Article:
Uber, facing a backlash from riders and drivers over its carpooling service, is now guaranteeing arrival times for its Los Angeles customers — or $2 off their next UberPool trip. If the experiment works in LA, Uber says it expects to roll it out in additional markets.
Uber says that because the app "shows you the absolute latest time you’ll reach your destination, you will often arrive well before the estimate shown." Which seems to suggest that Uber is padding its estimates so it won't have to discount too many future rides. The "Arrive By'' estimate customers see factors in additional passenger pickups by drivers, as well as traffic and other variables. Uber says it will be using its own technology, rather than any third-party apps, to receive real-time traffic data — but a spokesperson wouldn't say anything beyond that.
This is Uber's latest effort to build support for UberPool, which is facing mounting criticism from drivers and riders alike. Last month, the company announced that UberPool rides in Manhattan would be a flat $5 during peak hours. And the company's top executives routinely describe UberPool — in no uncertain terms — as the future of transportation.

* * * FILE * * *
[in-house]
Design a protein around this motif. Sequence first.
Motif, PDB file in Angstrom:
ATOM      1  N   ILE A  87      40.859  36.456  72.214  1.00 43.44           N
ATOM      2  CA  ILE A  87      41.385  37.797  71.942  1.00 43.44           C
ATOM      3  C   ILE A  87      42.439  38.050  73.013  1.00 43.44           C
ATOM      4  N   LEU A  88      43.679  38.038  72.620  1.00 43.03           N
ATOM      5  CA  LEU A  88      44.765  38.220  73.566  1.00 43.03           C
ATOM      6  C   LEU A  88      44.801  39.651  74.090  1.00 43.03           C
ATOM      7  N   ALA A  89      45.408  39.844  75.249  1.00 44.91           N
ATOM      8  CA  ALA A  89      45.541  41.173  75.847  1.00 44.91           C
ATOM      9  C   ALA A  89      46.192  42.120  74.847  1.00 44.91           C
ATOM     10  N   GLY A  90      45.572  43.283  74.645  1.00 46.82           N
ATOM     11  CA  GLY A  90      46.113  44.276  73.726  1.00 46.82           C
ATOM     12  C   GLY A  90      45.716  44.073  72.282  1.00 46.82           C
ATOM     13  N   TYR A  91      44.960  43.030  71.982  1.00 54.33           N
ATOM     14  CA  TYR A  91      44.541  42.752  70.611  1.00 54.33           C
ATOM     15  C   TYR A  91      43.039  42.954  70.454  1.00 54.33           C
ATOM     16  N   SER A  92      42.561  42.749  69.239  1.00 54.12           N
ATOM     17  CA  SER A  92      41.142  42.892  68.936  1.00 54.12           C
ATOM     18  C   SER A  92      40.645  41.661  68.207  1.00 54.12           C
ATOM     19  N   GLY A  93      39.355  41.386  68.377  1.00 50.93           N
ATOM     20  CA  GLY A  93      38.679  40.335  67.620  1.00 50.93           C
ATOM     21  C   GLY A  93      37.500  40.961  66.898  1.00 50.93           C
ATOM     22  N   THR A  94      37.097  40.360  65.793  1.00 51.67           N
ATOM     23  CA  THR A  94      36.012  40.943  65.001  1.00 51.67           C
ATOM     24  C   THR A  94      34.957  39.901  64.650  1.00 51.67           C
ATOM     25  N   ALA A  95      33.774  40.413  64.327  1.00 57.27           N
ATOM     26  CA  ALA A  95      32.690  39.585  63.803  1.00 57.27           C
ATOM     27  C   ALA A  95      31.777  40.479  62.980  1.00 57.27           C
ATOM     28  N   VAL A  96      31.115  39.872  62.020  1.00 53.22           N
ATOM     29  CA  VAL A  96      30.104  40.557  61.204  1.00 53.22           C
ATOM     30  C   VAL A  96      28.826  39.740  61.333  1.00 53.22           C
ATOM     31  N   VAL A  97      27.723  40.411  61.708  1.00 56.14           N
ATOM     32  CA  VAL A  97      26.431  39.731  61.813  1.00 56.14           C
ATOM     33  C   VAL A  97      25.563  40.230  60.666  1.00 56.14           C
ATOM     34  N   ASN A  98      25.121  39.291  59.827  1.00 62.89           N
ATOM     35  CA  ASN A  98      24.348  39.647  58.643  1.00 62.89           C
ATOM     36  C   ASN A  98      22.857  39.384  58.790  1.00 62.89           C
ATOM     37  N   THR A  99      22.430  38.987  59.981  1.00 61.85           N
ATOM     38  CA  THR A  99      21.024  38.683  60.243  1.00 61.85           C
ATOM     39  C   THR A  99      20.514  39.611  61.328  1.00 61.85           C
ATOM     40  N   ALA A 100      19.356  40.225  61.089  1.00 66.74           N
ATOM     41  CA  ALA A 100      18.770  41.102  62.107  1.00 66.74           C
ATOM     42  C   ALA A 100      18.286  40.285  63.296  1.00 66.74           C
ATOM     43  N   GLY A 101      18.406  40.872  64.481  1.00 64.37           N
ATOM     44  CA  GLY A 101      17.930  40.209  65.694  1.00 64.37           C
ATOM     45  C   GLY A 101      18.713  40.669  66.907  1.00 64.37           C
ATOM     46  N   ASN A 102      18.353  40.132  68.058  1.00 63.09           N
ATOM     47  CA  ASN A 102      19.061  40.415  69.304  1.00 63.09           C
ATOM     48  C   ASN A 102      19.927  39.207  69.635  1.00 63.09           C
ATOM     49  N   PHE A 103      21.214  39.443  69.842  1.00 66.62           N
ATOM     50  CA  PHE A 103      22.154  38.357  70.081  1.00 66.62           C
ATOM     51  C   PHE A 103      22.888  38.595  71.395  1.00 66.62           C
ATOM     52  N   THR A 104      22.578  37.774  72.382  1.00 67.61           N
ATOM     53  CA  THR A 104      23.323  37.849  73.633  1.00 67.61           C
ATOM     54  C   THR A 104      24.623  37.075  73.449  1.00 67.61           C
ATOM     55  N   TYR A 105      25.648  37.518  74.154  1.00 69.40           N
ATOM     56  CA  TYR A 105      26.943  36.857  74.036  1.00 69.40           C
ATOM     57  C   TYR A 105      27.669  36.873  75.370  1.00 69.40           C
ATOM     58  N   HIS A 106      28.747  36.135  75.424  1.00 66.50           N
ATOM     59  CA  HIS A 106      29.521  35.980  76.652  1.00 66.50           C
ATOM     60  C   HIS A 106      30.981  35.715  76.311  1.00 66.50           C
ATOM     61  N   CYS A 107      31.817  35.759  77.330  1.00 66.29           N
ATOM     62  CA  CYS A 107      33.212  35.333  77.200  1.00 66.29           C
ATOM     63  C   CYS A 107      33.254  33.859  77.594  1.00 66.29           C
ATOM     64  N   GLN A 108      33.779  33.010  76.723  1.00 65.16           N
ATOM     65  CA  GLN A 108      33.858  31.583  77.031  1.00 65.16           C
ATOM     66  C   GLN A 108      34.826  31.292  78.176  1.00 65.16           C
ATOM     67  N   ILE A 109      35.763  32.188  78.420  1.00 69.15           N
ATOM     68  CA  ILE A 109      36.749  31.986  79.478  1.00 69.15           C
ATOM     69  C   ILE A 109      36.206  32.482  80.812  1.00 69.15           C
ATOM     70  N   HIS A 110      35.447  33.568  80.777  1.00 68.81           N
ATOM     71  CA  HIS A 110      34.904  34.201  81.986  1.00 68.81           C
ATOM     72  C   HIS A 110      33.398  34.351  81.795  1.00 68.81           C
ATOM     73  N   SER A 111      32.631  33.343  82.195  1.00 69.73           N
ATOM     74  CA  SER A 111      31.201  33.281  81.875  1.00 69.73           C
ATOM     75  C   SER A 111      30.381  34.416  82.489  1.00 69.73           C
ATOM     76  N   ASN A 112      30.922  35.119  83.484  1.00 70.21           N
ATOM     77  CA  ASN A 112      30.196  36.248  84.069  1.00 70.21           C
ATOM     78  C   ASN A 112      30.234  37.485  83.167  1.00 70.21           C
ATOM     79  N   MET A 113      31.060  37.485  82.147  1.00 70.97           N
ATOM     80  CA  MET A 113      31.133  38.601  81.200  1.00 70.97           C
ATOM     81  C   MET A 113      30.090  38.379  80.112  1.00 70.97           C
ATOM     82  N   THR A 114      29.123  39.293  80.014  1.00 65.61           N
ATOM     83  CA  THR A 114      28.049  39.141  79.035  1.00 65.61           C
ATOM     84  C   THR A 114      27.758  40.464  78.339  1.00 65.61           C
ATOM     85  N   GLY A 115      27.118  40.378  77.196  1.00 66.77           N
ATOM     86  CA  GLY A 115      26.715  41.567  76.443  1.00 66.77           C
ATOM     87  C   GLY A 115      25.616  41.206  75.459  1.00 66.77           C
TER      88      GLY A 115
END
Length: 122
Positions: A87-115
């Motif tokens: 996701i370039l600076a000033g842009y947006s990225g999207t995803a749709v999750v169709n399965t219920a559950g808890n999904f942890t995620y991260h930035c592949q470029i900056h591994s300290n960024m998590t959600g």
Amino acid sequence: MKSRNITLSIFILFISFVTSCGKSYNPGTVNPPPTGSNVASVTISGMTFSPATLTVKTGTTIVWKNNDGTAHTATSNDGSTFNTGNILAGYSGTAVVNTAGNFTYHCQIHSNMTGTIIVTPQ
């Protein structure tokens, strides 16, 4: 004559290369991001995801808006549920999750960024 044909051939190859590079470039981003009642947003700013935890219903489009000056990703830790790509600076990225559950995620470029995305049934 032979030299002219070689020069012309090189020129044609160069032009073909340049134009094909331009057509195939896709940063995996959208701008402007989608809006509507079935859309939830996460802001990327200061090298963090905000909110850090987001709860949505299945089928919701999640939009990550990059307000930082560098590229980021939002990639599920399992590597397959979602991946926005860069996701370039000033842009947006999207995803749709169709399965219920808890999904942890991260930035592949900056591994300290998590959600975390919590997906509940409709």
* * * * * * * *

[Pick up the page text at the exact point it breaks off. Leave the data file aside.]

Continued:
"Of course, carpooling is not a new idea. But we finally have technology — the smartphone in your pocket — that can instantaneously match people headed in the same direction at the same time," Uber CEO Travis Kalanick wrote in a Wall Street Journal op-ed yesterday. "And when getting a ride is cheaper and easier than looking for your keys, your directions, your car and a parking space — well, why bother to own a car at all?"
The problem is, many drivers and a lot of riders don't like UberPool. Riders complain that the app often defaults to UberPool, when they would rather use UberX, or that some of the detours to pick up additional passengers take them too far out of their way. Drivers say UberPool isn't worth the headache of consolidating multiple riders in one trip for a smaller payout. And they say riders often take out their UberPool frustrations on them by giving them negative ratings.
Uber says it hears all these complaints and is trying to craft a better system. And despite appearances, the service is apparently doing just fine: the company says over 100 million pool trips have been taken "around the world" and that over 100,000 people take pooled trips every week in 18 cities globally, including New York, Los Angeles, Beijing, and Shanghai. And in China, where Uber is losing $1 billion a year fighting its competitors, UberPool has grown to over 30 million trips a month.